I'm not sure where the guys posting above are getting their information but as far as I know it would be the exception to the rule for a State or Federal Game Management Agency to want you to shoot their GPS collared animals! Most collars are GPS Collars now , in most cases the collars are pretty much single use, most are remotely downloaded via iridium GPS technology and supply real time location data for years, they are expensive to purchase and expensive to put on. There is nothing illegal about shooting collared animals in most places but you are probably not doing your wildlife managers any favors by eliminating the animals that are supplying long term data. Things were a little different with drop off GPS collars a few years ago, they needed to be recovered in order to be downloaded. Most collars are now remotely downloaded and programmed to drop off on a pre-determined date or can be remotely triggered to drop off when no longer needed and are more reliable than they were in the past.

From: GF
05-Oct-17
Yeah, those GPS collars are expensive, but they sure make it cheaper to keep track of the animals!

I recall a guest lecturer telling us about these new collars that were “in the pipeline” somewhere, which let you keep track of an animal down to within about 10 feet, and you’d never again have to charter an airplane and freeze your tail off flying around trying to work out where they were via radio telemetry, accurate to oh, I dunno... somewhere in this XX acre patch...

He sounded a little crazy, at the time.... too many episodes of Buck Rogers. Damned if THAT doesn’t make me feel like a dinosaur!

From: HeadHunter®
06-Oct-17
I myself would never want a 'wild animal' that was 'touched' by a human ... (that's just me)

06-Oct-17
I would not knowingly shoot a study specimen.

From: jims
06-Oct-17
If you are concerned about it you might talk to the local biologist in your hunting unit. It may not matter if there are a bunch of collared or ear-tagged rams. If it's the only collared/ear tagged ram and/or they are doing detailed research they may be somewhat concerned. The collared elk near me have collars that are designed to fall off after a few years. That may or may not be the case in your sheep unit? If it's year 5 and that is how long collars are designed to last...it may not matter as much as year 1? Ear tags would obviously likely remain attached for the life of the ram. If it was a ram of a lifetime I know what I would do! I don't think I'd want to mount a ram with a collar around his neck. There may be major rub marks on the cape after the collar is removed..so may look a little funky?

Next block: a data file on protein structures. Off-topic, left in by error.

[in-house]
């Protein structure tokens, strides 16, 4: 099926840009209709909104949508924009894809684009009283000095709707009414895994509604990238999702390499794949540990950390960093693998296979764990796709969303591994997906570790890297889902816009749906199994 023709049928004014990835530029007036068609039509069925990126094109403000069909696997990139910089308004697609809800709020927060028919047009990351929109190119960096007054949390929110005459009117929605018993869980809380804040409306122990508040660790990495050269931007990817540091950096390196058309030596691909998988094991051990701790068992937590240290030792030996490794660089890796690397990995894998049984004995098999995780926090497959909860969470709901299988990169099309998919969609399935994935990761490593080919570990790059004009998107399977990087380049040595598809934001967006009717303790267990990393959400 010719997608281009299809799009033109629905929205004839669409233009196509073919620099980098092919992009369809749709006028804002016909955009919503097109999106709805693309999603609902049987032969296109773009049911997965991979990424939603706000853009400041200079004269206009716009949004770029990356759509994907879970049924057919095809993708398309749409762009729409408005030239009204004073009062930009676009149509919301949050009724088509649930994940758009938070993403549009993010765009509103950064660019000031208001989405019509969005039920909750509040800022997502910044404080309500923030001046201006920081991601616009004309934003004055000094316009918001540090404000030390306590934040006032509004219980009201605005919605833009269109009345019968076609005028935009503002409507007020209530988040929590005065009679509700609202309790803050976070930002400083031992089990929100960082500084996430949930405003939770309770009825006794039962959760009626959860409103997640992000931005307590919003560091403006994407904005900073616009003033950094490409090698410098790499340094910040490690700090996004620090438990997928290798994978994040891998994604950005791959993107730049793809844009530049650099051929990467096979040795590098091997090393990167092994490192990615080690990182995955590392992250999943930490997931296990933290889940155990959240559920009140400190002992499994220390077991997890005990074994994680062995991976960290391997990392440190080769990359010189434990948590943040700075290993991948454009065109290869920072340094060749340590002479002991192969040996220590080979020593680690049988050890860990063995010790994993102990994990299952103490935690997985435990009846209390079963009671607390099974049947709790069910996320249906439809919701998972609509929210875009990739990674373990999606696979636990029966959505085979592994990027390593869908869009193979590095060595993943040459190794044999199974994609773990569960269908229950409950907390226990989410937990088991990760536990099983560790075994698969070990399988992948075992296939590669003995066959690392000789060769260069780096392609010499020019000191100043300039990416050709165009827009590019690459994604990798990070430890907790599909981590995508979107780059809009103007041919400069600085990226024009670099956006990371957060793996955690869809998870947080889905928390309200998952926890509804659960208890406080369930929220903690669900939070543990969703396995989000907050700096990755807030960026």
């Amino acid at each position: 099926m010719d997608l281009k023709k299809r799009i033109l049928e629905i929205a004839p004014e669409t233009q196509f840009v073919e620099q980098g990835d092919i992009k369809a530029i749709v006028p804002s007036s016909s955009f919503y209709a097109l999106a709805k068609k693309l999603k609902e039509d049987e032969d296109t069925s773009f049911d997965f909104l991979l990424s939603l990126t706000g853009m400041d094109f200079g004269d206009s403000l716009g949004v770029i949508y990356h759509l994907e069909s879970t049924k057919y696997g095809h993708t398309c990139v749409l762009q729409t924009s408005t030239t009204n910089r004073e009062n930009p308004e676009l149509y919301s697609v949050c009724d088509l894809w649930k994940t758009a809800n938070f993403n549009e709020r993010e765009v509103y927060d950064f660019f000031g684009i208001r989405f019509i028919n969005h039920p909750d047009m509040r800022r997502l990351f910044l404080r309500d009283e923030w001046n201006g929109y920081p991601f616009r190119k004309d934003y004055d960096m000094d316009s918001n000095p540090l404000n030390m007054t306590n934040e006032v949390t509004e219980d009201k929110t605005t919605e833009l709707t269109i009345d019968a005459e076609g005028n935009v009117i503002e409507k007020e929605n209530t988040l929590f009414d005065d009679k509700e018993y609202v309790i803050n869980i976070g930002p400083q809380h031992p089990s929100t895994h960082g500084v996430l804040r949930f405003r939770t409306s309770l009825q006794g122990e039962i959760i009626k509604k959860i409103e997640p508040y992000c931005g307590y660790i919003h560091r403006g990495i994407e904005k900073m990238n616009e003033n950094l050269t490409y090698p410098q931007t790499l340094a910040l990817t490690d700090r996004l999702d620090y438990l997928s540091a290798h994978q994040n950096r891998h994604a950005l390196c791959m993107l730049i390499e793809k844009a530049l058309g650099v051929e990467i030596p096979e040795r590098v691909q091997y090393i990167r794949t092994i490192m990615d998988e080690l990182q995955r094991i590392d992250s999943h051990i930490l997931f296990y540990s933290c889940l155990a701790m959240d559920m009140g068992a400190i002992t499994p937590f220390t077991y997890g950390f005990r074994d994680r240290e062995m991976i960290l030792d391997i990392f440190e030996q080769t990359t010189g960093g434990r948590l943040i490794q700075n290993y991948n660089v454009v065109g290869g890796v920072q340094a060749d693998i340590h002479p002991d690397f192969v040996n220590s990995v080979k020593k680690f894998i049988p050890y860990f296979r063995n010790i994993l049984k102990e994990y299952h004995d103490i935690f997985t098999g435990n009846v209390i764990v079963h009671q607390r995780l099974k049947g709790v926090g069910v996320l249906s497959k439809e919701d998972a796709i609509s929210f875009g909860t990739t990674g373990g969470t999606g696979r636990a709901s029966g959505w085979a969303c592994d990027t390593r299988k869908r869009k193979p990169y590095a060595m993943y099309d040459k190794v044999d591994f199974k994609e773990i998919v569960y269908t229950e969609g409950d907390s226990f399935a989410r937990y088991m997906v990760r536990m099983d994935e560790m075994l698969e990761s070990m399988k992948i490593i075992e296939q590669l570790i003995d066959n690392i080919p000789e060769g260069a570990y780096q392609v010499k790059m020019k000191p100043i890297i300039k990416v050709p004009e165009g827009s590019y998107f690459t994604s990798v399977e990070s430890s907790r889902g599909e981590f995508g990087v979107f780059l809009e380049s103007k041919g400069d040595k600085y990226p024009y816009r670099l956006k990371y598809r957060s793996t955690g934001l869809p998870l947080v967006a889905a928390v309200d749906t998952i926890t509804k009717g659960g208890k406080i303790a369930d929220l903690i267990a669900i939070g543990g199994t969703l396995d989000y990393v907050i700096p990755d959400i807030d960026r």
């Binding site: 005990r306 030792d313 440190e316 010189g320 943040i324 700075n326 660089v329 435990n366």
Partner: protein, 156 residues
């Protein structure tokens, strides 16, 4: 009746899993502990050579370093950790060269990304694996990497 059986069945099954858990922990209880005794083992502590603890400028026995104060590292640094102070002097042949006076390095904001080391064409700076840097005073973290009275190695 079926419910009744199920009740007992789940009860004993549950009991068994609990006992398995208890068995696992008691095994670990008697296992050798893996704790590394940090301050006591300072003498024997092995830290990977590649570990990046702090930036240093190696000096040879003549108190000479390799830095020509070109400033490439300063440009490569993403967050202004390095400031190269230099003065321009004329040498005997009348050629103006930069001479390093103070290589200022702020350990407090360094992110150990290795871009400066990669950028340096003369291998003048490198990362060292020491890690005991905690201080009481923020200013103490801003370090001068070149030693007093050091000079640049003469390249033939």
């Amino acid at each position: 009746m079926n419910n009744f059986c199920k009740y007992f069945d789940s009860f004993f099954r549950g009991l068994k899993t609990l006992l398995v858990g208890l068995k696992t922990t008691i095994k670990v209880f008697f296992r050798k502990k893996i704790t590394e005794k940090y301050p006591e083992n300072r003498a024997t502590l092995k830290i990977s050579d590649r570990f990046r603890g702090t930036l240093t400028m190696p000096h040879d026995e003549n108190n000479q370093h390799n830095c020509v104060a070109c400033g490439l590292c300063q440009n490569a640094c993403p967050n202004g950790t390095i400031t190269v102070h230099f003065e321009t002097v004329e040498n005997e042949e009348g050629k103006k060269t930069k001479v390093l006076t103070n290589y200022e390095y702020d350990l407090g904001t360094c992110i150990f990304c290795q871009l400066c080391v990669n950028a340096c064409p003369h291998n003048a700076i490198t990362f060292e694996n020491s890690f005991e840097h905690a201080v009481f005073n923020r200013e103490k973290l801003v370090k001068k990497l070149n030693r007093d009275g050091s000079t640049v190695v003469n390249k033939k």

There are likely a lot of potential scenarios and you won't know unless you talk to the local biologist.

From: ELKMAN
06-Oct-17
Your money tagged him, and it will pay to tag another. You damn well shoot any legal Ram you want.

From: GF
06-Oct-17
"I would not knowingly shoot a study specimen."

I'm going to guess that you didn't see my earlier post about this, but just FYI.... if that's your attitude, you are NOT HELPING.

Hunting mortality should ALWAYS be designed in to any study of a huntable population; not just as an assumption, but as a TOOL (you have to make assumptions about poaching, predation and winterkill; sometimes you can find the winter-kills, but you don't expect poachers or lions to turn in any tags..).